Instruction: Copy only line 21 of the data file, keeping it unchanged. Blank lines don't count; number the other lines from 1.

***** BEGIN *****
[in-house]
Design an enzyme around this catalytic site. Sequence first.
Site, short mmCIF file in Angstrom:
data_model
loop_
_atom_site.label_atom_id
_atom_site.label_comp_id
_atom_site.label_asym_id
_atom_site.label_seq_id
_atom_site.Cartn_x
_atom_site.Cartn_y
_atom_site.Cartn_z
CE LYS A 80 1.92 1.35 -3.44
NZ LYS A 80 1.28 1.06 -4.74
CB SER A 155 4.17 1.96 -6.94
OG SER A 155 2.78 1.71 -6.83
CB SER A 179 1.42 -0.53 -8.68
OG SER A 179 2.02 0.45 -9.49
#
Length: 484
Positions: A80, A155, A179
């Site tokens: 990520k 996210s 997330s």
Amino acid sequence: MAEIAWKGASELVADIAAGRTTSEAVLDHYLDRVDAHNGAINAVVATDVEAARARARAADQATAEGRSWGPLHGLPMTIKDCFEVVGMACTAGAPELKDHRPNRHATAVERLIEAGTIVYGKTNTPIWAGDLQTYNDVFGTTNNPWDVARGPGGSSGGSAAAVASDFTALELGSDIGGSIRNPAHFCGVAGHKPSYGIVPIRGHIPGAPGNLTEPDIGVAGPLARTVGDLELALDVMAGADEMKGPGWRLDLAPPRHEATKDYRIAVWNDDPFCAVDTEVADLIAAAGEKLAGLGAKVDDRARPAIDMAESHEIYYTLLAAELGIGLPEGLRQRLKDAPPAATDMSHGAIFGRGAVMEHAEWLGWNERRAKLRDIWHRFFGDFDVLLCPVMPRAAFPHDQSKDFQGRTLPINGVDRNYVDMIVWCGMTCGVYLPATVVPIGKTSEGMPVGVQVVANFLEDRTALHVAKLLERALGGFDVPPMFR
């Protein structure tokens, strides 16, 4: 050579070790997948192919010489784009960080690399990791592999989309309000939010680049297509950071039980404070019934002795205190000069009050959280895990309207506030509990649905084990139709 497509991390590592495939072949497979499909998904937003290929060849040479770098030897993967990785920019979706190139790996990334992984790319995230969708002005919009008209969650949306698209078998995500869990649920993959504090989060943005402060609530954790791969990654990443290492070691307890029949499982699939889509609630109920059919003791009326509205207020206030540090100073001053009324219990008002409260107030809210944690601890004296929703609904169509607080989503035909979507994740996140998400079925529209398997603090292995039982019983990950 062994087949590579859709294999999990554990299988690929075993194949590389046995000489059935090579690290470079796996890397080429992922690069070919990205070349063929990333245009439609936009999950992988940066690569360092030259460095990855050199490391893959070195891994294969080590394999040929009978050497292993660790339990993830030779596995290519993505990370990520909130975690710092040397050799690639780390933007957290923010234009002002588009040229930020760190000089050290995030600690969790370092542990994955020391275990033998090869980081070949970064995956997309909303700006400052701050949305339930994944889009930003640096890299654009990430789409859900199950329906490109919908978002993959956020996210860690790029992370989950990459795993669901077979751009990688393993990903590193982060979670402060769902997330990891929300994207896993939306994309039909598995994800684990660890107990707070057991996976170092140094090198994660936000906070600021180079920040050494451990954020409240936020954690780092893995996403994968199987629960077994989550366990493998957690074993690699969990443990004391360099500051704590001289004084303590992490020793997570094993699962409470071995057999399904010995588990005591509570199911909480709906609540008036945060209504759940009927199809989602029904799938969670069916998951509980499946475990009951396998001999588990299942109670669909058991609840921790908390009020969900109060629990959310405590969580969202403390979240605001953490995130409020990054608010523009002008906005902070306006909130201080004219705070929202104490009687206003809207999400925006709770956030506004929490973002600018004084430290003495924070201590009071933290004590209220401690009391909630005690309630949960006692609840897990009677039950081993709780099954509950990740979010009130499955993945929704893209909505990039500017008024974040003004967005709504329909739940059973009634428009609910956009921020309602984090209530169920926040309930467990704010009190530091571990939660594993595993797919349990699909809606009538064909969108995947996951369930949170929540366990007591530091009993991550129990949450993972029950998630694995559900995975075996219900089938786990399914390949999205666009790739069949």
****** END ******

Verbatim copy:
Positions: A80, A155, A179